• McTells
  • The McTells [tape] (UK Bi-Joopiter) 1986 
  • Expecting Joe [tape] (UK Bi-Joopiter) 1988 
  • Jesse Man Rae EP (UK Frank) 1988 
  • Wind Up EP (UK Bi-Joopiter) 1989 
  • Cut Up (UK Bi-Joopiter) 1990 
  • Buffalo EP (UK Frank) 1992 
  • Everything EP (Ger. Little Teddy) 1992 
  • Smash Up (Ger. Little Teddy) 1994 
  • What Happens Next (UK Vinyl Japan) 1994 

The McTells are the most significant (and prolific) band on the International Pop Underground affiliate Bi-Joopiter. Granted, that’s not saying much, but the English trio does what it does well. The band’s early work holds a British mirror up to Australia’s Cannanes, minus the anguish. Delivered as light pop, the songs are punctuated (well, dominated) by “bop bops” and “whoo-oos,” and concerned mostly with losing girls and lackadaisical wanderings.

The first side of the plaintively happy Cut Up pairs singer Paul Nixon’s nasal melodies to chattering, nervous, mod-ish pop. Side Two adds a sprightly organ and animated character to the already lively bass, creating an even more captivating sound that is, impossibly, smooth and awkward at the same time. What Happens Next, an oddly sequenced career retrospective-cum-singles compilation, has the added bonus of some previously unreleased material. The six newly recorded songs — glossier productions, with a washy guitar sound copped from the legions of My Bloody Valentine imitators — are scattered amidst the band’s rustic pop bits from the 1980s. And even though the collection includes numbers from every period, it’s not an impressive bunch — the short, bobbing singles, overall, exemplify the band’s methodical nature, but don’t make a lasting impression. Nixon creates some tension, however, by scrawling the phrasing and scowling the happy lyrics.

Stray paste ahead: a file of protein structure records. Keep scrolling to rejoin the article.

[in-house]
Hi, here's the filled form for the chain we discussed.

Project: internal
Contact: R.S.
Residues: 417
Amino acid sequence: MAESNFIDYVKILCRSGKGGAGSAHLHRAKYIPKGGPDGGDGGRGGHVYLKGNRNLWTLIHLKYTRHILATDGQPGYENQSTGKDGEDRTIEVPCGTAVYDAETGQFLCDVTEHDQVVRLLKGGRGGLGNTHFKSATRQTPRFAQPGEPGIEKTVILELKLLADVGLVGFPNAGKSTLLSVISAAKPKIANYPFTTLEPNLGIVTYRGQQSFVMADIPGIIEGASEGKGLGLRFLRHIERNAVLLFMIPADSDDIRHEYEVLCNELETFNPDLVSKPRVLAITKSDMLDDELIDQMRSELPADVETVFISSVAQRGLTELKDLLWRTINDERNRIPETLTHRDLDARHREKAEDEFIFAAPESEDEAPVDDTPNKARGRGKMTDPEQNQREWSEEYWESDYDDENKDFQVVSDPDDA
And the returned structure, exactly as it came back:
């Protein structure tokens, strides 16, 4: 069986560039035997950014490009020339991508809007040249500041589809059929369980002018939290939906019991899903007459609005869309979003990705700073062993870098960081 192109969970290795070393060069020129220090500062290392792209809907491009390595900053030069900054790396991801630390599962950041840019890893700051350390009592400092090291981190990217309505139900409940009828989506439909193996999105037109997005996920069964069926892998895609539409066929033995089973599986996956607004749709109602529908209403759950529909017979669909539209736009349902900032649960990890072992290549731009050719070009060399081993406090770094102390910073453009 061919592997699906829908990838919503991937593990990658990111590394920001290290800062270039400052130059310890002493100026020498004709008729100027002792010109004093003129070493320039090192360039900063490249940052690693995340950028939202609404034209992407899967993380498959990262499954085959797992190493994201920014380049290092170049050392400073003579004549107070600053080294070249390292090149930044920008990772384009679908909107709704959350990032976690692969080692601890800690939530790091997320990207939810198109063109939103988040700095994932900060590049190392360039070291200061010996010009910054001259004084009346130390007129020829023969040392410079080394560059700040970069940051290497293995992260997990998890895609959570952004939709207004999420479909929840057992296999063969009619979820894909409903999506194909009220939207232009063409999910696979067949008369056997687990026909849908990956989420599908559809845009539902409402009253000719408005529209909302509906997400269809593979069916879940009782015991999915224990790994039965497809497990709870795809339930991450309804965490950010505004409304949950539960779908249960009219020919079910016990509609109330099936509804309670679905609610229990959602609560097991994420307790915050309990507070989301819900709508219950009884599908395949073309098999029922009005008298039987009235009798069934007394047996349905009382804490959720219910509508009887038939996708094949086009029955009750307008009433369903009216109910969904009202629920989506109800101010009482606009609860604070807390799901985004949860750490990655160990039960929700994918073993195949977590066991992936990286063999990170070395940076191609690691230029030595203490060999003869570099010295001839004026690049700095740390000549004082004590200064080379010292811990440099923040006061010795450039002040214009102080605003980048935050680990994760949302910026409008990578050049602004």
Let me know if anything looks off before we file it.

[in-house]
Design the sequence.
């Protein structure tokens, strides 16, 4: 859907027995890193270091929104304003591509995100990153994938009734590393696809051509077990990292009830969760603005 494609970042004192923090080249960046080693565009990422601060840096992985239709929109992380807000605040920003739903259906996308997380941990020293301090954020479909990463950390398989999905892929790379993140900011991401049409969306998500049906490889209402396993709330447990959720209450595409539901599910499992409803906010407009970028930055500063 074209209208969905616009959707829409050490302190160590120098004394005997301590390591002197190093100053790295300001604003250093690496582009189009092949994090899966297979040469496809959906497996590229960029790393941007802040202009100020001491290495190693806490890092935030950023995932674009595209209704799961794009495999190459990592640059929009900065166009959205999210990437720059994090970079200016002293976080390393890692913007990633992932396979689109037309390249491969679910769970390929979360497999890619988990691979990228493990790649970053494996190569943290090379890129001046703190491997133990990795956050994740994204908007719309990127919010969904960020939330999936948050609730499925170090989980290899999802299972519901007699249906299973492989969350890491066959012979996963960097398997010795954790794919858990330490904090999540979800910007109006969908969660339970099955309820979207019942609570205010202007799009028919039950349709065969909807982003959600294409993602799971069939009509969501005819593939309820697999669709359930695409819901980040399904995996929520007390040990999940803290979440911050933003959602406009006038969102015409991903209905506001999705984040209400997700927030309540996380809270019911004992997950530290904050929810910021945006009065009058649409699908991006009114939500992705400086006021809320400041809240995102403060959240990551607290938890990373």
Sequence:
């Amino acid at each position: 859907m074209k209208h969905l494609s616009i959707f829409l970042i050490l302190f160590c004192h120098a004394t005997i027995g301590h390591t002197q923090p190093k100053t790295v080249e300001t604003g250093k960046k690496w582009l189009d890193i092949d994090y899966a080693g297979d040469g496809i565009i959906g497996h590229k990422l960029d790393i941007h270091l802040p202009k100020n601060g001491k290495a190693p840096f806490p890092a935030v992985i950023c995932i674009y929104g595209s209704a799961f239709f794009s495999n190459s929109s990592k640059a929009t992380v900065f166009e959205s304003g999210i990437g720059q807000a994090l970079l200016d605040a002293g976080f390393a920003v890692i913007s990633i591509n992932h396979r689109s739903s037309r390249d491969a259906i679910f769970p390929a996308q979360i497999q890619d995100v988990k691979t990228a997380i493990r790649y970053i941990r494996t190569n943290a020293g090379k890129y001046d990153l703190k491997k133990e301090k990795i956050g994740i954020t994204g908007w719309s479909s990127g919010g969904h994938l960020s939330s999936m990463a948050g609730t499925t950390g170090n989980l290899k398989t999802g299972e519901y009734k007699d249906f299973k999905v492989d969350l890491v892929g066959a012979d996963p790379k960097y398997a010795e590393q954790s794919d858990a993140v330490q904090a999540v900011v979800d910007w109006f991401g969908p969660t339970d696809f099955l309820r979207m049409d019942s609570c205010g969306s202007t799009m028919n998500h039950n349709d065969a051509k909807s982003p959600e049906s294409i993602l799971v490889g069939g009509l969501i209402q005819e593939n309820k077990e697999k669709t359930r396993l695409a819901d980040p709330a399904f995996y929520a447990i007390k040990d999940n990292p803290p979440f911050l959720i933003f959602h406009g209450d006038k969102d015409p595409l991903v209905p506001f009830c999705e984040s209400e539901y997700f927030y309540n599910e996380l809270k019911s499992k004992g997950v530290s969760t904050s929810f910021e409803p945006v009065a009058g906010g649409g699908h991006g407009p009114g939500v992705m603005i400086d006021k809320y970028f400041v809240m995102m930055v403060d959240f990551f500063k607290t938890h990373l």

Smash Up, McTells’ second real full-length, has a little more muscle, a little more push, but it’s just as whiny as ever. The band doesn’t let its three-chord energy flag, but it does retrace steps. Nixon’s voice barely holds up, and there’s a dreadful Daniel Johnston cover (“Museum of Love”). Cuteness abounds, however, in a lower-key way. Two instrumentals have neat touches: “West Pier” incorporates bells, and “In a Vacuum” has an actual noisy, static-y vacuum picking up dust through the whole song.

[Robin Edgerton]